Wednesday, June 25, 2008
We've met some great people through the years, though I haven't attended one for probably 25 or more years. Most memorable for me were, Kirk Allyn - the origninal Superman from the movie serials way before my time, Bob Clampett - who created many of the Warners Bros cartoon characters as well as Beany and Cecil, Harlan Ellison - one of my favorite sf writers, and topping the list was the Con's good friend and mentor, Ray Bradbury! And I only attended a few of the cons, wow! This was the first place I saw The Rocky Horror Picture Show and the outtakes from the original King Cong in reverse! Also I'll never forget Richard Corbin's Neverwhere - the debut of his Den character.
I have no idea who all will be there but if you like comics and sf and fantasy and movies about any of this stuff, you would like this. There are still amny cons i think around, but the SDCC has grown into the premier convention around.
I had the dvd of the movie Serenity which was the culmination of a tv series called Firefly. On the dvd was a feature about how the staff had attended the SDCC and found out that there was a lot more support for their cancelled show than they knew. This prompted them to make the movie.
I'm listing a link so you can check it out for yourself. Keep the Faith (as Stan Lee would say)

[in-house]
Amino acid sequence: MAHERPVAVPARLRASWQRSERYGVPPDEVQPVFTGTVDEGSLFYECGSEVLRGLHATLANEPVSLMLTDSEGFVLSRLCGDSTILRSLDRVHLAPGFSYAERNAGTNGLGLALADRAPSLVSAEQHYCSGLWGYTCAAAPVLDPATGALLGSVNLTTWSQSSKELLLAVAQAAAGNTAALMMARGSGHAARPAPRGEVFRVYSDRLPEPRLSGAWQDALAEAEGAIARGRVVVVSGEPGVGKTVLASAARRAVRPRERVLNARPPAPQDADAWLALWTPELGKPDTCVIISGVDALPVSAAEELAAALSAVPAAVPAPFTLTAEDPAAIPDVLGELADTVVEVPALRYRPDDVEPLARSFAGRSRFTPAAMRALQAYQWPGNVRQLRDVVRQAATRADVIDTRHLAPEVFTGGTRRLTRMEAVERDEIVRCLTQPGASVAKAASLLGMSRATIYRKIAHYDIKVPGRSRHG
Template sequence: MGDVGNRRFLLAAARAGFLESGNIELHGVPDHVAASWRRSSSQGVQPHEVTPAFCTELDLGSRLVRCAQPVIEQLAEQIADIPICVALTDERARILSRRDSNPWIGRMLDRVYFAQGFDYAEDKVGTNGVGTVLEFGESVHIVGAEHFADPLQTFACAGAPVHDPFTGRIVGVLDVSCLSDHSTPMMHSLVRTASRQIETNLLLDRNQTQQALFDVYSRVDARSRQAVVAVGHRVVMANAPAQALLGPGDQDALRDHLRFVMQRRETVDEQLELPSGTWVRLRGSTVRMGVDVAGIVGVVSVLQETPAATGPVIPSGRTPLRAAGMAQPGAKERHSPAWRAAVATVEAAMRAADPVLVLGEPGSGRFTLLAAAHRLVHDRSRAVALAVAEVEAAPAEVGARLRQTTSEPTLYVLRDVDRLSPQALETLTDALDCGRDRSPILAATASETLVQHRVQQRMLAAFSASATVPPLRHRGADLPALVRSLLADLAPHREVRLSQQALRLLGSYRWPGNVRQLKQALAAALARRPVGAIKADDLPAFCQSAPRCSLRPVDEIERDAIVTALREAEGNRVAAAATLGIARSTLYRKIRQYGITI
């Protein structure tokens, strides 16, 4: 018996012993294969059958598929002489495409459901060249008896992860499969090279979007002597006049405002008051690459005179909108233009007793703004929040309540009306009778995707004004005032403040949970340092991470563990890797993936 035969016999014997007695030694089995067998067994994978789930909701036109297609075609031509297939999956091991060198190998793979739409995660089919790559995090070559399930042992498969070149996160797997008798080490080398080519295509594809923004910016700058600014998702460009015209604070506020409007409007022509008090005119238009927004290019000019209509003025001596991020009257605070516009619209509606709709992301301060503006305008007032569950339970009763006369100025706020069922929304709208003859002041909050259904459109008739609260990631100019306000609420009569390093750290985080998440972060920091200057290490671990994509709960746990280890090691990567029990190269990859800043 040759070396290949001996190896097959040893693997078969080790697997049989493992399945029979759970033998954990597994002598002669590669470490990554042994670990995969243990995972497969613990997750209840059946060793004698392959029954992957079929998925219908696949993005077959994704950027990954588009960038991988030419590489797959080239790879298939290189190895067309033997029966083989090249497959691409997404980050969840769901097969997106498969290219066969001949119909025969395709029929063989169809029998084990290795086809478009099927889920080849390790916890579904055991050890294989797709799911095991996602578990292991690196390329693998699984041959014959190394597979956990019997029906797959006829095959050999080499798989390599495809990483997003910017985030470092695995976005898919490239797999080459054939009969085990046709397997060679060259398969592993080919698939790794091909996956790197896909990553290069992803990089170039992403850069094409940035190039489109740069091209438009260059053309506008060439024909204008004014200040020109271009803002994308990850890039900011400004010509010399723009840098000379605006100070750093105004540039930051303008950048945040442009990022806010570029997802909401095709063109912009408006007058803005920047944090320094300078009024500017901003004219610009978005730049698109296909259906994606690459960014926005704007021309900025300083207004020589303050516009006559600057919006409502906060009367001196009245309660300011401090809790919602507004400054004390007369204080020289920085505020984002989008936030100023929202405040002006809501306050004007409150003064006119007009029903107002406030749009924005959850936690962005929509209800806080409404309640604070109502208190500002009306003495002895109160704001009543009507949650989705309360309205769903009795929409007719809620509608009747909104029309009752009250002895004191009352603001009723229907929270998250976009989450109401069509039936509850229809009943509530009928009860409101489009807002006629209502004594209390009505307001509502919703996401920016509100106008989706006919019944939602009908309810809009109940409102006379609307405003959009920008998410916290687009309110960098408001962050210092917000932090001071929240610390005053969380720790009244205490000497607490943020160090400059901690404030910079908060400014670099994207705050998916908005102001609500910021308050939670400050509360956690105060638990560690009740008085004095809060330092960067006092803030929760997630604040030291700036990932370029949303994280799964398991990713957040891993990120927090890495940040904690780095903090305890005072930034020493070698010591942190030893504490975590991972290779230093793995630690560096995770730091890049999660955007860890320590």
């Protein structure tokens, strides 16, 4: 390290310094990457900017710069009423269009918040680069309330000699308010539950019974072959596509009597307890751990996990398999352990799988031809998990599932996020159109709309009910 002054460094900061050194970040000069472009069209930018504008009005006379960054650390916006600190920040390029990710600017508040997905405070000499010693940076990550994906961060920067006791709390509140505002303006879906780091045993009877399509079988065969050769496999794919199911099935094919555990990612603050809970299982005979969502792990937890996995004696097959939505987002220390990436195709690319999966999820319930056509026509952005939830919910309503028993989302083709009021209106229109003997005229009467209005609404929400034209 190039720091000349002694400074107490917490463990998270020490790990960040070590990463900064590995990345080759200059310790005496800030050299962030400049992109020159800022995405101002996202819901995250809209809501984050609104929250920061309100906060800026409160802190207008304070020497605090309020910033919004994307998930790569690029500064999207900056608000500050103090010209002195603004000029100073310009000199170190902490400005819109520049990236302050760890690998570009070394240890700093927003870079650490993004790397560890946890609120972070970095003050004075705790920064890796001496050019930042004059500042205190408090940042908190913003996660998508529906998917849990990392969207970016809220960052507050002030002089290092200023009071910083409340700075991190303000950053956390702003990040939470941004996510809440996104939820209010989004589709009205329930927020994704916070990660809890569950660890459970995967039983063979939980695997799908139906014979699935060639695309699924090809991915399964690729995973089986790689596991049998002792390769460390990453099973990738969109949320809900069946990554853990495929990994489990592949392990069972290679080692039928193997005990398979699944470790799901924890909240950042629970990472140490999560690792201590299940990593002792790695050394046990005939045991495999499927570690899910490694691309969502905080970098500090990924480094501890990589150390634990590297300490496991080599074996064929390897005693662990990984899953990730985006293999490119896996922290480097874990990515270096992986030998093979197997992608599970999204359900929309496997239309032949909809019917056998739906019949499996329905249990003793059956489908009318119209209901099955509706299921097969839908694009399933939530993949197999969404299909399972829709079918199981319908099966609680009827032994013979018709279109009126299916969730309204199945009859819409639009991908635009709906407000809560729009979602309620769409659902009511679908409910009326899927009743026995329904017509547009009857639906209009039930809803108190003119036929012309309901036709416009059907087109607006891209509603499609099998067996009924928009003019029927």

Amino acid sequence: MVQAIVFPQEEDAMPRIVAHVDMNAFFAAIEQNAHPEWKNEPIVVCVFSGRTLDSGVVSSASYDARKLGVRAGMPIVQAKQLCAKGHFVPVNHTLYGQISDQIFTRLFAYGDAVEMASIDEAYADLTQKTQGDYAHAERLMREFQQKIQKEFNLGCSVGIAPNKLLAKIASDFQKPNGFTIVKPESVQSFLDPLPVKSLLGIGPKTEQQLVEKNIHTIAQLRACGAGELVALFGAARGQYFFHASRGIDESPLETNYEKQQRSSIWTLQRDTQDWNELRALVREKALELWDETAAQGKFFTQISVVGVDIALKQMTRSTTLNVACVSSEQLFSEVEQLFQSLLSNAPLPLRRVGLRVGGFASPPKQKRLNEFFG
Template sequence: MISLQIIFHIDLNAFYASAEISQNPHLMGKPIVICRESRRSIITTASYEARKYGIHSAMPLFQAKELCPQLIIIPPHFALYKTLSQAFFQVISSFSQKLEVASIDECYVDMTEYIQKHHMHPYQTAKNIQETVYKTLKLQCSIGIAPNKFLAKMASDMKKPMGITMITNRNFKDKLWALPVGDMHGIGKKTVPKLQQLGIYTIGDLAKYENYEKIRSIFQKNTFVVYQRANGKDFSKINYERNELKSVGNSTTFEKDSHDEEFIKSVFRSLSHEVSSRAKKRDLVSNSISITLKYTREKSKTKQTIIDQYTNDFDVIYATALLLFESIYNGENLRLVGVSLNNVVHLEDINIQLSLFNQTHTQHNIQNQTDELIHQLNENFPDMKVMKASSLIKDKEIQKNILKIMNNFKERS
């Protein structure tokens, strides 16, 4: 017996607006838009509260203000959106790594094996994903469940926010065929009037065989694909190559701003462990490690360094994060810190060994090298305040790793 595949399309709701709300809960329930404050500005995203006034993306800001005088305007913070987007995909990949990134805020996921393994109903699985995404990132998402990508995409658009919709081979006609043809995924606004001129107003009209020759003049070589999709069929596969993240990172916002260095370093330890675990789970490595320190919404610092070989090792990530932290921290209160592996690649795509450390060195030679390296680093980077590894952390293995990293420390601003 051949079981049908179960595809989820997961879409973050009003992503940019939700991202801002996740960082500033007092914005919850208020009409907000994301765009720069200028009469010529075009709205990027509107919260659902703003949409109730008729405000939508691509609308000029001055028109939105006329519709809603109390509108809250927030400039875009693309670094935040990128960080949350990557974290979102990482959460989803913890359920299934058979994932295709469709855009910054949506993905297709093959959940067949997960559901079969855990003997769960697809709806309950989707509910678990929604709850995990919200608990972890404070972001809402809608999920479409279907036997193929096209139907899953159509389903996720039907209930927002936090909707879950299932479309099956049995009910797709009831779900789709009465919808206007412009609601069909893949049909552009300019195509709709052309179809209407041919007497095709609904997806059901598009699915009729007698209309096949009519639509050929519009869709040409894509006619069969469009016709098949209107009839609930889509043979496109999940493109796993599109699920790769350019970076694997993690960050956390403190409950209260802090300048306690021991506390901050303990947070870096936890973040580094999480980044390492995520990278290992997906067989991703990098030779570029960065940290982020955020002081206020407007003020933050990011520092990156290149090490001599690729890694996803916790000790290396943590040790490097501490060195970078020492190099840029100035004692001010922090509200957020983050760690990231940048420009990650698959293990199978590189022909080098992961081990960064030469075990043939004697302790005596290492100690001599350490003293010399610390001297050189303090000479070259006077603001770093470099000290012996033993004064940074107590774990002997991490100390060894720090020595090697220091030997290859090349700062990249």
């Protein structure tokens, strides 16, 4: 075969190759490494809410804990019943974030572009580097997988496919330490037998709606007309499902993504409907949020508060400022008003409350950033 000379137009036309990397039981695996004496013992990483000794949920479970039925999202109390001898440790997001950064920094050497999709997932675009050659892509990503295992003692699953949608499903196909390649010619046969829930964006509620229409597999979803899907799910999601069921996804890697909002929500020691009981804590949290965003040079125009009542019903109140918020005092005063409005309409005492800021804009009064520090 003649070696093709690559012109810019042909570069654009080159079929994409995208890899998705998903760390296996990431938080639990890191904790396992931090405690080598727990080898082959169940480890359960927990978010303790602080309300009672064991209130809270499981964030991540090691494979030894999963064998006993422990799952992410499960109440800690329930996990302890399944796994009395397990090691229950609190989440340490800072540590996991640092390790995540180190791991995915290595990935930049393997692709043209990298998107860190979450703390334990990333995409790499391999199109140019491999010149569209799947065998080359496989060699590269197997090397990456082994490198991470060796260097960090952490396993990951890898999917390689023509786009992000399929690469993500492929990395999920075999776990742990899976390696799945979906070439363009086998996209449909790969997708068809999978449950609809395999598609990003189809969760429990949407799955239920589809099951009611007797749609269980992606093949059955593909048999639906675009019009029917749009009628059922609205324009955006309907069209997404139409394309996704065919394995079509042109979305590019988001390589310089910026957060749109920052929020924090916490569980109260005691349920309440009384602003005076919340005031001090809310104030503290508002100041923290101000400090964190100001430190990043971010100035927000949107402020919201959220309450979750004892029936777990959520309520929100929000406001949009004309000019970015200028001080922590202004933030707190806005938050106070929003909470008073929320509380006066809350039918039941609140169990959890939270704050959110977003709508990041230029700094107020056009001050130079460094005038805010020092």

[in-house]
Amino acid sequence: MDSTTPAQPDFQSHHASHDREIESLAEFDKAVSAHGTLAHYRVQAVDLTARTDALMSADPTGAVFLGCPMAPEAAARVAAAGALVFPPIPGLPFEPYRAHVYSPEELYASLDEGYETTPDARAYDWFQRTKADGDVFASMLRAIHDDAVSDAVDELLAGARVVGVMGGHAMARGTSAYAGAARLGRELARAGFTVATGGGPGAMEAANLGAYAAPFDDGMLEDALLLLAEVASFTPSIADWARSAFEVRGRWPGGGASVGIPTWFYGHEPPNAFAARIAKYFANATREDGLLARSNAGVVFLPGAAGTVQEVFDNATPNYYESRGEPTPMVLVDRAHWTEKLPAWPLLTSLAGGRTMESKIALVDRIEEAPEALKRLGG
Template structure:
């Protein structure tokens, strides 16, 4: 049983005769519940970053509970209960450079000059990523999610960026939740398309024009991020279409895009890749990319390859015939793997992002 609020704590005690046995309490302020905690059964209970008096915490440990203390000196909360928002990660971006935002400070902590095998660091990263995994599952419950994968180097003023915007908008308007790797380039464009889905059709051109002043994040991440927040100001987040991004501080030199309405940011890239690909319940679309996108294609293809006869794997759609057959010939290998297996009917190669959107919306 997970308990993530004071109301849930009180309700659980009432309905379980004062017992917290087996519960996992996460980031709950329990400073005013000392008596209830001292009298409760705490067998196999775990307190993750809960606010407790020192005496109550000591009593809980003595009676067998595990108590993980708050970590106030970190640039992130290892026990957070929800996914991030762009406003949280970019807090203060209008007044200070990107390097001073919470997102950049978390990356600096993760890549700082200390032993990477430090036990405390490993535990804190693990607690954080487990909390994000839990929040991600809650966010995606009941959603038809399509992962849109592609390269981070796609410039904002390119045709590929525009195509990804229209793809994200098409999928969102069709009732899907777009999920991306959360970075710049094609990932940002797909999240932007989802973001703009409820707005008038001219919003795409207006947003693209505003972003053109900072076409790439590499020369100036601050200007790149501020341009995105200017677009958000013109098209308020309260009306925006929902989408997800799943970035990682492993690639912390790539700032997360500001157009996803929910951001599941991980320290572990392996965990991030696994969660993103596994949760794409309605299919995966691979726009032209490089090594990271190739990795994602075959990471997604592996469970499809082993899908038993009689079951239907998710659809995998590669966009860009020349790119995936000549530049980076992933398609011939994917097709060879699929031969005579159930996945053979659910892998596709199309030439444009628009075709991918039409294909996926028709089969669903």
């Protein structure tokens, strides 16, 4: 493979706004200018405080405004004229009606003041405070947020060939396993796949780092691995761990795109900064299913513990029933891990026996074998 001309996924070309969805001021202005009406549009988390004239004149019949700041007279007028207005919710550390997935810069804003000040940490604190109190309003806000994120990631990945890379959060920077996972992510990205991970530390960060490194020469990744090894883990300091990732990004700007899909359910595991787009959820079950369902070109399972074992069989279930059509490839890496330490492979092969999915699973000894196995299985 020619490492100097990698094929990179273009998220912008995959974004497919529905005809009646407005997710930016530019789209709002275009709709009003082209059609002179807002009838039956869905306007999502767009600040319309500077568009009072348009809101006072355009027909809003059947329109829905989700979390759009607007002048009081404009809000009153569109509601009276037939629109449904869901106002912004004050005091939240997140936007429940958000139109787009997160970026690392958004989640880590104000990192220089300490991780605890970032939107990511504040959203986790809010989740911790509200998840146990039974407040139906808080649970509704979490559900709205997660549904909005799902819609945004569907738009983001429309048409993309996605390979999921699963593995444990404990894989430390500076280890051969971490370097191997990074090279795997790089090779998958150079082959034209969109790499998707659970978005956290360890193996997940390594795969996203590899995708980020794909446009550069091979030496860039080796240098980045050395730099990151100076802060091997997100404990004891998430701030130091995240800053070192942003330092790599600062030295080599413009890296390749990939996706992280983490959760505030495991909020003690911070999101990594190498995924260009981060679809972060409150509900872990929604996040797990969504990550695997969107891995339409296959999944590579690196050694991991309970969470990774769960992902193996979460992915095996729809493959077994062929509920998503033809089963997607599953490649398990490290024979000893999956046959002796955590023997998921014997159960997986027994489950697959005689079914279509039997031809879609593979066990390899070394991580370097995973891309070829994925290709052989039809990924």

Monday, June 23, 2008
My prayers go our for his family. We will miss him.
Friday, June 20, 2008
Saturday, June 14, 2008
June 17, 2006 The Department of Defense announced today the death of a soldier who was supporting Operation Iraqi Freedom. Spc. Jeremiah S. Santos, 21, of Minot, N.D., died in Baghdad, Iraq, on June 15 of injuries sustained when an improvised explosive device detonated near his HMMWV during combat operations. Santos was assigned to the 2nd Battalion, 8th Infantry Regiment, 2nd Brigade, 4th Infantry Division, Fort Hood, Texas.
June 19, 2006 Hoeven Statement On The Death Of Spc. Jeremiah S. Santos In Iraq
BISMARCK, N.D. – Gov. John Hoeven today issued the following statement in response to the death of Spc. Jeremiah S. Santos of the 2nd Battalion, 8th Infantry Regiment, 2nd Brigade, 4th Infantry Division of Fort Hood, Texas. Jeremy died in combat in Iraq on June 15:
“Mikey and I, and all North Dakotans, are deeply saddened by the death of Spc. Jeremiah Santos, who gave his life in the service of his country in Iraq. We extend our sympathy to his family and friends, and we will keep them in our prayers.
“Jeremiah’s warmth touched many people, especially at his church and school, and his love of country inspired pride in all who knew him. He was a son of North Dakota and a true American hero. We pledge never to forget his sacrifice or the sacrifice of his family in these difficult times.”
GrandForks Herald -- BISMARCK, N.D. - Spc. Jeremiah Santos got applause when he spoke to his church congregation this spring about his military service Iraq. On Sunday, church members in Devils Lake were mourning his death.